Green Thumbs for a Good Cause: Volunteers Learn to Garden and Give Back to Community

Tags: Currents Brooklyn, NY, Faith, Family, Inspiration, Queens, NY

By Katie Vasquez

Tomatoes, yellow string beans, and basil are all grown organically thanks to some nuns in Hampton Bays.

The Sisters of St. Joseph said the Good Ground Heritage Garden is about caring for God’s creation and sowing the seeds of that in others.

“We have to draw from Pope Francis, seeing his belief in the earth, and the sacredness of it, and the sharing of it with one another,” said Sister Kerry Handal, of the Sisters of St. Joseph.

Once a week volunteers go to St. Joseph Villa, where they learn to get their hands dirty by planting, cultivating, harvesting, and preserving produce in a cooperative learning environment.

“It’s a nice program to be able to kind of get the community involved, get some volunteers out, plant everything, watch it grow, see how it produces,” Devan Kuettner, a volunteer, said.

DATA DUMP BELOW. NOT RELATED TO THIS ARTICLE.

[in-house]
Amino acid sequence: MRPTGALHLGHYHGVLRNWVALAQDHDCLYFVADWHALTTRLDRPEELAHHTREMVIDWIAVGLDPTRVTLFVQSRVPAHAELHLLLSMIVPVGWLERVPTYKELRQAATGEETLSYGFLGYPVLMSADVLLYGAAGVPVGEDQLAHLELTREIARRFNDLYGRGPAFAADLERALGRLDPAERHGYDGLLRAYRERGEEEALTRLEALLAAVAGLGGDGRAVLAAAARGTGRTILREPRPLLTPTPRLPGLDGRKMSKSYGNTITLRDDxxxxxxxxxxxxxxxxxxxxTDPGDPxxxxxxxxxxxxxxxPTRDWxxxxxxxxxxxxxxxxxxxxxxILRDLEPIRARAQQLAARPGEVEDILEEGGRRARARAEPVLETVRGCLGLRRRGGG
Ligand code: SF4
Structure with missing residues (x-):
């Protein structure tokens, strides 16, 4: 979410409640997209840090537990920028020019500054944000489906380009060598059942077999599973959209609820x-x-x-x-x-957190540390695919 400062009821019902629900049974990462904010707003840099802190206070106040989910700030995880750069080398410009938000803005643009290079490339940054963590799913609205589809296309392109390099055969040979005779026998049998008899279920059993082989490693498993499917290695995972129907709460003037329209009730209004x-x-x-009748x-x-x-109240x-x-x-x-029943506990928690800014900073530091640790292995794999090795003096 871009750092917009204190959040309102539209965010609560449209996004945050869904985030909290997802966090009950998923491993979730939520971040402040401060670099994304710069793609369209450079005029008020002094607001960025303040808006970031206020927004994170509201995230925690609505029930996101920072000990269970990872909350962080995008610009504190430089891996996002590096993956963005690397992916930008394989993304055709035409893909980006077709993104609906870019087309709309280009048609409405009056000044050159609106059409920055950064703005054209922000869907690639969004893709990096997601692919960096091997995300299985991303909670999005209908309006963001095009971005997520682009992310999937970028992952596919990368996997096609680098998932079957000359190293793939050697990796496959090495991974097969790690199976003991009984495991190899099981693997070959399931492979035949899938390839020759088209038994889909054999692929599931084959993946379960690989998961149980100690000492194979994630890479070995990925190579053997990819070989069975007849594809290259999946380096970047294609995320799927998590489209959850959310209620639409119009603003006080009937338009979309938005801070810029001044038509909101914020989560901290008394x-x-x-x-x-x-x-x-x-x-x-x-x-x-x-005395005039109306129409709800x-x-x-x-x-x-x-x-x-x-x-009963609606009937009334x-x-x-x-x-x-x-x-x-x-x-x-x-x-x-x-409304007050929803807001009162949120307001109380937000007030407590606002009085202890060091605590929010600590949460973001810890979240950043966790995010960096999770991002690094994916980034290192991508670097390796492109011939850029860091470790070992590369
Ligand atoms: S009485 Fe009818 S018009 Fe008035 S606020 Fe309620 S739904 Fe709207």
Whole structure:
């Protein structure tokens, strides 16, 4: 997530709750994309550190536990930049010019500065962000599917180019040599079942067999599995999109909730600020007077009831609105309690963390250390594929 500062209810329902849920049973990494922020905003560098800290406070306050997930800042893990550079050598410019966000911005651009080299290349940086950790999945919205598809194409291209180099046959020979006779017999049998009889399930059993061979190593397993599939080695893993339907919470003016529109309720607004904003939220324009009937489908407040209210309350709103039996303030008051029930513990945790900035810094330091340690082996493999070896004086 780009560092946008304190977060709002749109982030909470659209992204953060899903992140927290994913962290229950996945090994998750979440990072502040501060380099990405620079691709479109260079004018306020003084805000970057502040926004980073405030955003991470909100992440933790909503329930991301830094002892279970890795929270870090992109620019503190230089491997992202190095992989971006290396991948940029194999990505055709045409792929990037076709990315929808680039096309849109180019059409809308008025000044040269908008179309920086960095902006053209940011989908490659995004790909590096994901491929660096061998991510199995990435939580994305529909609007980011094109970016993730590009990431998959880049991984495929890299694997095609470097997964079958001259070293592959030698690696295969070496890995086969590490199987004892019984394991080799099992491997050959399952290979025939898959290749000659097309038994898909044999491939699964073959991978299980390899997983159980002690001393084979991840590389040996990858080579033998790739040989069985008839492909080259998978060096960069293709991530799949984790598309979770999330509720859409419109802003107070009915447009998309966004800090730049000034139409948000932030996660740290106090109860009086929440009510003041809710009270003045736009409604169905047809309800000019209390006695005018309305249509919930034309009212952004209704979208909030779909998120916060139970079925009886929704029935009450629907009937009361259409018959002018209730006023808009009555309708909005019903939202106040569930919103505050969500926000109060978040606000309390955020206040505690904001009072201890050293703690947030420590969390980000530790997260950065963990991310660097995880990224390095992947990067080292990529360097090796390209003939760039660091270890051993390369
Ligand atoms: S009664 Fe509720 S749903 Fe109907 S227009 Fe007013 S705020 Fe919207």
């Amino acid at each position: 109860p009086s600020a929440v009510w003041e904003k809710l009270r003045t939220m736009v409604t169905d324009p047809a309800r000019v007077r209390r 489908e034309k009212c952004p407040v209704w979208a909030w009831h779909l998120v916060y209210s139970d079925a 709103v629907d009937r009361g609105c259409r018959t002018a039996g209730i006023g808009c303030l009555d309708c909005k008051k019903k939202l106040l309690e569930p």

“I garden just for pleasure not production like trying to produce like poundage, but this is more focused on that and that’s interesting to learn about to me,” Grant Babis, a volunteer, said.

Even though the volunteers are gardening for fun, these crops are going to a good cause.

Just this season, more than 1,000 pounds of fresh produce from this garden was donated to the food pantry at nearby St. Rosalie Church. Up to 400 people a week rely on these vegetables to feed their families.

“It is the dignity of our client that we are most concerned with,” Catherine O’Leary Andrejack, the director of parish social ministry at St. Rosalie Church said. “So when you go shopping as a consumer, that fresh produce is the golden food that you’re gonna be bringing home.”

With more than five seasons of growing and giving, the volunteers have donated thousands of pounds of food, cultivating a sense of community, one string bean at a time.